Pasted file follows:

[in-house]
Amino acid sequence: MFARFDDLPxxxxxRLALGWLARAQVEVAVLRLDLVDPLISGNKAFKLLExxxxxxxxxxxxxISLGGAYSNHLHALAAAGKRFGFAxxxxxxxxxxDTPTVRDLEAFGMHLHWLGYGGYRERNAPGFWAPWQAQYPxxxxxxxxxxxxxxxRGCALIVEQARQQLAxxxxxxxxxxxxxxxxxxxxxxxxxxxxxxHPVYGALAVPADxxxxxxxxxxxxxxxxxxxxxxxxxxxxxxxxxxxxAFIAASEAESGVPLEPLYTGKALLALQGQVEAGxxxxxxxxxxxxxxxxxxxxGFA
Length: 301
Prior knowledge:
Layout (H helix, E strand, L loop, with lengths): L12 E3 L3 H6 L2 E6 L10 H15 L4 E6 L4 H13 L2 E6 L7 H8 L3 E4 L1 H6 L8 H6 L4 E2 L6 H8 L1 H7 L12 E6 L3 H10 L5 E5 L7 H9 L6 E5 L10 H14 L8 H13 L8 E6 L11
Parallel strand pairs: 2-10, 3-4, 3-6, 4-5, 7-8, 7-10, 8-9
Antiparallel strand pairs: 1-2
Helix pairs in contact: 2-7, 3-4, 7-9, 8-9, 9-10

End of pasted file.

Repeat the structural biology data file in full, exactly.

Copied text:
[in-house]
Amino acid sequence: MFARFDDLPxxxxxRLALGWLARAQVEVAVLRLDLVDPLISGNKAFKLLExxxxxxxxxxxxxISLGGAYSNHLHALAAAGKRFGFAxxxxxxxxxxDTPTVRDLEAFGMHLHWLGYGGYRERNAPGFWAPWQAQYPxxxxxxxxxxxxxxxRGCALIVEQARQQLAxxxxxxxxxxxxxxxxxxxxxxxxxxxxxxHPVYGALAVPADxxxxxxxxxxxxxxxxxxxxxxxxxxxxxxxxxxxxAFIAASEAESGVPLEPLYTGKALLALQGQVEAGxxxxxxxxxxxxxxxxxxxxGFA
Length: 301
Prior knowledge:
Layout (H helix, E strand, L loop, with lengths): L12 E3 L3 H6 L2 E6 L10 H15 L4 E6 L4 H13 L2 E6 L7 H8 L3 E4 L1 H6 L8 H6 L4 E2 L6 H8 L1 H7 L12 E6 L3 H10 L5 E5 L7 H9 L6 E5 L10 H14 L8 H13 L8 E6 L11
Parallel strand pairs: 2-10, 3-4, 3-6, 4-5, 7-8, 7-10, 8-9
Antiparallel strand pairs: 1-2
Helix pairs in contact: 2-7, 3-4, 7-9, 8-9, 9-10